Disc 2 opens with Above And Beyond (another modern classic), a moody classical feel, and No One Came (an oft overlooked Fireball number).
Don Airey’s keyboard solo leads into Perfect Strangers – a wonderful track from a great album – really wish Deep Purple would play more from this period. Space Trucking is a fantastic track but is played in more the original album form (aka far too short) but is the first number that the band feel a little off the pace, and Gillan’s trademark timing (It was that and the screams that made him so perfect, so unique) is a little off. The guitar work is a far cry from Blackmore’s but again Morse has made these tracks (largely quite successfully) his own.
Smoke On The Water gets a cheers, and features a guest slot from Uli Jon Roth. The inclusion of Hush may be odd to some, but I love the song. I also love Green Onions (the Booker T & The MGs track) that it’s blended with. A strange choice indeed, but a welcome break from the norm. Black Night closes the set – a fiery touch of class.
The Tokyo show (recorded early in 2014 at the Budokan, from where one of the Made In Japan nights was taken), another solid performance, Apres Vous and Into The Fire opening with aplomb and a good scream or two too. The performance is as good, and a couple of changes in the setlist are good.
Vincent Price, Contact Lost, Uncommon Man and Well Dressed Man follow, and the willingness to play this amount of recent material puts certain more predictable bands to shame.
The Mule is good and features a drum solo, albeit much shortened from MIJ, and Above And Beyond rounds off disc 1. Disc 2 kicks off with Lazy and Hell to Pay, and Don’s intro to Perfect Strangers a pleaser and pleasure as always. The 6 minute Space Truckin’ is stronger than the previous show too.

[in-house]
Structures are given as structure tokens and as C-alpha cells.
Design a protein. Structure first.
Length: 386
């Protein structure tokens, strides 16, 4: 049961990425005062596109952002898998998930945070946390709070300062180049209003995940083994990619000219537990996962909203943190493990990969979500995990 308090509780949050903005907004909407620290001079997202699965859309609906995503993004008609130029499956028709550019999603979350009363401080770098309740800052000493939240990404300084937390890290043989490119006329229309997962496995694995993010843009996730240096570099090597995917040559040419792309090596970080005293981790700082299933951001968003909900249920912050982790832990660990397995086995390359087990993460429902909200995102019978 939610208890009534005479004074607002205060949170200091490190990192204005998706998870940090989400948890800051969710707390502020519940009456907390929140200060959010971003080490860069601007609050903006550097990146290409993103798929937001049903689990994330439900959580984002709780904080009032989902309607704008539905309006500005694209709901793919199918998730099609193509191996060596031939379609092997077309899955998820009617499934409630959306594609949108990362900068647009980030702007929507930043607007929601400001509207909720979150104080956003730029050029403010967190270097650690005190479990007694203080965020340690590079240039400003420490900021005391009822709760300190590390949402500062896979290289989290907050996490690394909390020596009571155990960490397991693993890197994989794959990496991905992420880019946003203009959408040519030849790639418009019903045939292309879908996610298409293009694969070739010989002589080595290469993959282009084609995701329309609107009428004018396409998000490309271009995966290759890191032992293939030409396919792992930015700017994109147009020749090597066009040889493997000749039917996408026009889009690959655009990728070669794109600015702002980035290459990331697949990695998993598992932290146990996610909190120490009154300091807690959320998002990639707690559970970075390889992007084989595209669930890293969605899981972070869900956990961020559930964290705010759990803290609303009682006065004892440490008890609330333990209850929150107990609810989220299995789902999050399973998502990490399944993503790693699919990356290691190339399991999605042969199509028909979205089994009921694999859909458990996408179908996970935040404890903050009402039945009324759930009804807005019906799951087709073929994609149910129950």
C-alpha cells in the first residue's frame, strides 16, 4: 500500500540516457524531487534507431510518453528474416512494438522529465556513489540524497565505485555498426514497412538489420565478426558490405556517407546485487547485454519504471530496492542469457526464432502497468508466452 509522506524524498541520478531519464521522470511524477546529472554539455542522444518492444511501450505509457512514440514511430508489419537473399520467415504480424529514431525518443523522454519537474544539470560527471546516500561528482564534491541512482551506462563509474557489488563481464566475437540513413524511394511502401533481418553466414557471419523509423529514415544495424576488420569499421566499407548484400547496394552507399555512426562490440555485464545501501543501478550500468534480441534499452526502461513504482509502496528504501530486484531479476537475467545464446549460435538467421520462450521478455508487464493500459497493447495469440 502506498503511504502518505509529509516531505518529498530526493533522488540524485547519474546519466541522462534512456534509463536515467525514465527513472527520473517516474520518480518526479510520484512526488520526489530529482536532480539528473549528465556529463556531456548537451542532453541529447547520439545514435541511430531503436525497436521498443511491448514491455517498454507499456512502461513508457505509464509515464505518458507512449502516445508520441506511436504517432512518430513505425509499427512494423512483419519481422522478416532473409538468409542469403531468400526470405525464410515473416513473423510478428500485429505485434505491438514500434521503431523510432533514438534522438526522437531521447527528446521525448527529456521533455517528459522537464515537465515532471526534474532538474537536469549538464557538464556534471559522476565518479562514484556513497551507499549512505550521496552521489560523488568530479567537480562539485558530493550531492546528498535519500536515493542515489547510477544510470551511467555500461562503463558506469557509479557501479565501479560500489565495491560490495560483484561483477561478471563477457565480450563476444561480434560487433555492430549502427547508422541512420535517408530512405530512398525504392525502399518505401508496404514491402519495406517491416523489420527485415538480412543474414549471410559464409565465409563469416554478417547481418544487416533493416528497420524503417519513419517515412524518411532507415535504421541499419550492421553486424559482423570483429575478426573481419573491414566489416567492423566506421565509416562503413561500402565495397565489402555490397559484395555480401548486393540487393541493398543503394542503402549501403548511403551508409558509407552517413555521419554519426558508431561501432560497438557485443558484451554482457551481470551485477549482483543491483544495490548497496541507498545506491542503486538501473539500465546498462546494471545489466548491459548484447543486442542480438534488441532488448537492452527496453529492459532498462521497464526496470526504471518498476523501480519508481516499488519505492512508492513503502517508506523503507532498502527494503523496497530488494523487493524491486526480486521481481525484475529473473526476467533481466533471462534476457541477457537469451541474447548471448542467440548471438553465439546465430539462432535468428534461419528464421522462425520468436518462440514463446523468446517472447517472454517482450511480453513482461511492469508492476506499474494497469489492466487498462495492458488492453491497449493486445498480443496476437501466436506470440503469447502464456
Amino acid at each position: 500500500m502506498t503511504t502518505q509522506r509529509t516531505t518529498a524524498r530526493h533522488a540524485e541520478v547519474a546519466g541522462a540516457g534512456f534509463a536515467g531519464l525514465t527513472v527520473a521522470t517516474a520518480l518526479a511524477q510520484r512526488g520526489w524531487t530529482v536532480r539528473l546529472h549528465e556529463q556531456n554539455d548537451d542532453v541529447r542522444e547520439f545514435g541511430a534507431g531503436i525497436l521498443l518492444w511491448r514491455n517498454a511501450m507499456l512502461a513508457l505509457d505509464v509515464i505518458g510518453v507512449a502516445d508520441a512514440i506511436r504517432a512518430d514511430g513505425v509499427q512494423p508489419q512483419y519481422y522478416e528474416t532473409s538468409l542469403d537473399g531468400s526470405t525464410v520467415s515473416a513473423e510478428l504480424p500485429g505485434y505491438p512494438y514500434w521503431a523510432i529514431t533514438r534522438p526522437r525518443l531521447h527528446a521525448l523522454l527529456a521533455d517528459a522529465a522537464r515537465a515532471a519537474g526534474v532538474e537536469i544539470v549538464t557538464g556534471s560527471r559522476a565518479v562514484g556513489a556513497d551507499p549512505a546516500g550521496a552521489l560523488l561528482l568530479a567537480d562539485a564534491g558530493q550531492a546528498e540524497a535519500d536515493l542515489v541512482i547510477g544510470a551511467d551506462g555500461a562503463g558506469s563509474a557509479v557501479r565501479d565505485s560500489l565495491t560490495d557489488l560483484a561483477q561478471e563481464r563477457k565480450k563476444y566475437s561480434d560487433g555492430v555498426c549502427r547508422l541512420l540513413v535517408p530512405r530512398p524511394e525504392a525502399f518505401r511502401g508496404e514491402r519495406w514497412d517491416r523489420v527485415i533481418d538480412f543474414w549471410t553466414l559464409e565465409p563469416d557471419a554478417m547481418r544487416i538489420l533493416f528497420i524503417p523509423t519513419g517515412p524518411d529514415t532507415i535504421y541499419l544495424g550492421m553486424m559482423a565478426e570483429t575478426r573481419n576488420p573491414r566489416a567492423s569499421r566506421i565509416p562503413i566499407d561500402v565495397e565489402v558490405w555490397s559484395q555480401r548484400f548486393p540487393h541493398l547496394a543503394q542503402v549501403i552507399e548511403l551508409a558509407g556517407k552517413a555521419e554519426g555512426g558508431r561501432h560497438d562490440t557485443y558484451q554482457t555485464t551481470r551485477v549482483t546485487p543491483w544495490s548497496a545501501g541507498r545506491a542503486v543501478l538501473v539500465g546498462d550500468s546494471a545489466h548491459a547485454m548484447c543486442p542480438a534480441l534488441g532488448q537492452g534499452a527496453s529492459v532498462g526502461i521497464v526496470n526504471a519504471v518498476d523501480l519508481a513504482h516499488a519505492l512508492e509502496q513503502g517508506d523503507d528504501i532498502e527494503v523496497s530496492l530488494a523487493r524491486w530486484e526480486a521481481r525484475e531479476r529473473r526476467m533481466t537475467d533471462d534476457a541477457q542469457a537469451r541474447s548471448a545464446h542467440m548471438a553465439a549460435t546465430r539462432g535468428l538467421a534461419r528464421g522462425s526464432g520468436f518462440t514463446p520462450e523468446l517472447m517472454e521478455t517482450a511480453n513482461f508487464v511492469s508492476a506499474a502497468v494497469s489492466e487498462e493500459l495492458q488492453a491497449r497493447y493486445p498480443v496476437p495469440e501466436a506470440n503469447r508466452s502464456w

Smoke gets a good response, Morse’s guitar a bit crunchier. The Green Onions / Hush medley runs to 10 minutes, and again Black Night closes the show with aplomb.
One issue is going to be track length – there is a lot less variation of performance or arrangement, no longer work outs. I know they have a lot more to get through but at least play with the tracks a bit more, go 10-15 minutes on at least a couple of numbers. Second – performance; the newer tracks are tight and polished, and the older ones sound a bit flat, a bit overdone. But then, if the band are tired of playing (or hearing) Smoke On The Water I’m not surprised.
Final issue – set list. Will always cause contention but I do love the number of newer tracks (the old ones have been done to absolute buggery, there’s enough solid Morse era, or at least post Perfect Strangers, for a purely post 1984 set or two). The set is far more Saxon than some of the more predictable bands (think Motorhead or Lynyrd Skynyrd), a good mix of new and old, and is all the better for it. And I am pleased they’ve dropped Fireball, as the last time I saw it Gillan’s timing of phrasing was way off and that’s what made the song.
Whether due to Wacken being an open air festival and a hot day, or it just being an off day for the band, both recording (esp crowd noise) and performance sounds a little flatter than the Japan performance (stronger on both counts).
In the main I’ve got to say a wonderful representation of the current band; any criticism is because I know the band and their catalog so well. There are CD/DVD editions as well as 3LP DVD / Blu Ray; the video for these was not available for review at the time.
Wacken 8/10 / Tokyo 9/10